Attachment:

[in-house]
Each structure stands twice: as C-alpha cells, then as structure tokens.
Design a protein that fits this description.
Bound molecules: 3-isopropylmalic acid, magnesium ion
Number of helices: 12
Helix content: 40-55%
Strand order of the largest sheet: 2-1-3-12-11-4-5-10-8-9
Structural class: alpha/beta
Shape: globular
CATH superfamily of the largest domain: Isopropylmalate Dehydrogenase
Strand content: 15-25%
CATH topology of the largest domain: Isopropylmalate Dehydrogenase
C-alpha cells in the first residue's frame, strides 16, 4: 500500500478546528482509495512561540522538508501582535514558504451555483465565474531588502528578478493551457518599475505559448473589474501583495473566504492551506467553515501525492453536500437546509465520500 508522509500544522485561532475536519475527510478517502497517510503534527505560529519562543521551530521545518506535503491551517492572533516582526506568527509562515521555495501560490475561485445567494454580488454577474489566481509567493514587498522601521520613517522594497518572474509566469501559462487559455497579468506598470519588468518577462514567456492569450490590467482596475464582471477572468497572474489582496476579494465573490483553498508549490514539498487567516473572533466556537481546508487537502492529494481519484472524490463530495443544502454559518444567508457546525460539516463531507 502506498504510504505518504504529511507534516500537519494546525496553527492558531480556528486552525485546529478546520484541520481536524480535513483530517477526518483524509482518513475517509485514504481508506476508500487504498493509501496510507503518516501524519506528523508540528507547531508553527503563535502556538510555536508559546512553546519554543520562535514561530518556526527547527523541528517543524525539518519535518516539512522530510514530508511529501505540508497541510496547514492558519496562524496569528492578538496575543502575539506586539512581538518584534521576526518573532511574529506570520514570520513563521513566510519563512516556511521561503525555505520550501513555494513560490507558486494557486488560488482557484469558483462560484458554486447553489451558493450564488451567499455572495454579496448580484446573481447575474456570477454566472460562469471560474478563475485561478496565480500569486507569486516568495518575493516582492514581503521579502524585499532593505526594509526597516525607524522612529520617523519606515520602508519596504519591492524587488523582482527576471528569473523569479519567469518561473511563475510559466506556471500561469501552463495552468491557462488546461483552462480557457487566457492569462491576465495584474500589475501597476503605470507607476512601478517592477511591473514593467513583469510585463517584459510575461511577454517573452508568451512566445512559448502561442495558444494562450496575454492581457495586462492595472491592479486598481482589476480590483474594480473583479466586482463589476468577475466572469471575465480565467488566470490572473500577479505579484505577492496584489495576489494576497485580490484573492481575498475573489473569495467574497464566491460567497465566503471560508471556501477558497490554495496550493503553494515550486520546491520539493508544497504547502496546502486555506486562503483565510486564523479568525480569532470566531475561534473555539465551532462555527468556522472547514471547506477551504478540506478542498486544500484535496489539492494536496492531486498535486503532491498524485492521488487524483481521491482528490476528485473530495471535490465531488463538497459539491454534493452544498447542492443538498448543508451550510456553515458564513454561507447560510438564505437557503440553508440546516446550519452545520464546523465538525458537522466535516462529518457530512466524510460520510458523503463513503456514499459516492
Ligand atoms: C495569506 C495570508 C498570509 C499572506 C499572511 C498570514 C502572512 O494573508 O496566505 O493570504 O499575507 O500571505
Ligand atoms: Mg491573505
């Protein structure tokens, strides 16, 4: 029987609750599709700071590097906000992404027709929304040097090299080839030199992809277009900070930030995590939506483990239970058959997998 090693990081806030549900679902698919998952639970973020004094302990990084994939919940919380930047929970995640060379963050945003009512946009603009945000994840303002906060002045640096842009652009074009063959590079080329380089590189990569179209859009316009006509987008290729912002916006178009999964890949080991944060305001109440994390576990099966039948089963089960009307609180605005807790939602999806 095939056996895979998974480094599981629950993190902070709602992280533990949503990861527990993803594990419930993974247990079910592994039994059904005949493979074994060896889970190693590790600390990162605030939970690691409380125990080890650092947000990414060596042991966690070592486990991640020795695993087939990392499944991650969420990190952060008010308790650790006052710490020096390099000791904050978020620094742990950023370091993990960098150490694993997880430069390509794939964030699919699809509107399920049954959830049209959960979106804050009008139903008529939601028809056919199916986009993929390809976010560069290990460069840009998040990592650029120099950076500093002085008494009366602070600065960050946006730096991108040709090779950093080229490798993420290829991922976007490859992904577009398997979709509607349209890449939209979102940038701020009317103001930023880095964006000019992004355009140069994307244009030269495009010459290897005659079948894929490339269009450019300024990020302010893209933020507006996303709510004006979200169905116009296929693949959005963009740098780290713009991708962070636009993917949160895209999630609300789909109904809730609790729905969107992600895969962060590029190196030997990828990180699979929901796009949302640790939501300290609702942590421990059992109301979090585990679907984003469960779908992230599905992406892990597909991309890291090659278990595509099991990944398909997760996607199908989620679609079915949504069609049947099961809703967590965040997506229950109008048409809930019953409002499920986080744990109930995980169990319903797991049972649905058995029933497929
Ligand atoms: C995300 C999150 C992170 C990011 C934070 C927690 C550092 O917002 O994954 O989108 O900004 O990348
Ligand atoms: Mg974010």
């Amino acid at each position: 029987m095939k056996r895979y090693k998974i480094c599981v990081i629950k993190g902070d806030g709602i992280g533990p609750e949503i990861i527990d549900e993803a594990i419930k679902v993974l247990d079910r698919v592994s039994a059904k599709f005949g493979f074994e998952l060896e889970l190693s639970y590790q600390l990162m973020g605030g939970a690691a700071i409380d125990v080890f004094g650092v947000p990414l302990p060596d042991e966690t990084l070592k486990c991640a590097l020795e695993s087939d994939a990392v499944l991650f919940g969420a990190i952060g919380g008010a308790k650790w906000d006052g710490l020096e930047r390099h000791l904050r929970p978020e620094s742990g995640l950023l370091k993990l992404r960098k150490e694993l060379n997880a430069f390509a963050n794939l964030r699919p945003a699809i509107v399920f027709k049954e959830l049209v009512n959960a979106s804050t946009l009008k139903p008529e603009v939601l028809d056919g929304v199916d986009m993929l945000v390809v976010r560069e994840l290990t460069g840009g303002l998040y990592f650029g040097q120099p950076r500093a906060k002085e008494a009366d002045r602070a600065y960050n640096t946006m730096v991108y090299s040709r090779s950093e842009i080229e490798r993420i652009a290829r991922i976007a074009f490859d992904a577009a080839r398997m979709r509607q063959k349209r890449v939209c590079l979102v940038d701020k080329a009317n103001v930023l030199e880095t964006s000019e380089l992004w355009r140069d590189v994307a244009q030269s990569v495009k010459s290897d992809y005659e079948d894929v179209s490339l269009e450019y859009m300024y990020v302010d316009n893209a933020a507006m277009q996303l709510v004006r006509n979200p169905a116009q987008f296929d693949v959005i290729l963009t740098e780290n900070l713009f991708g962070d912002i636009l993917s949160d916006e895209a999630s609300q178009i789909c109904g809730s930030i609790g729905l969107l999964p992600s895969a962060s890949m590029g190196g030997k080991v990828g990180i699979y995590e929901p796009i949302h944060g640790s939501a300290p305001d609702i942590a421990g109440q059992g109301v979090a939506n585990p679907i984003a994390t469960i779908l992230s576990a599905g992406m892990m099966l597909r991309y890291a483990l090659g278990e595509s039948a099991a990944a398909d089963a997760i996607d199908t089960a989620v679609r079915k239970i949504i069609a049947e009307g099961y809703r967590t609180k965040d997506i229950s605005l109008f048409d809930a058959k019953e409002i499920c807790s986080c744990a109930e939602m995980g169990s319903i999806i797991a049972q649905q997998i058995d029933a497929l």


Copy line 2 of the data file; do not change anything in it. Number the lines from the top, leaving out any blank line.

Each structure stands twice: as C-alpha cells, then as structure tokens.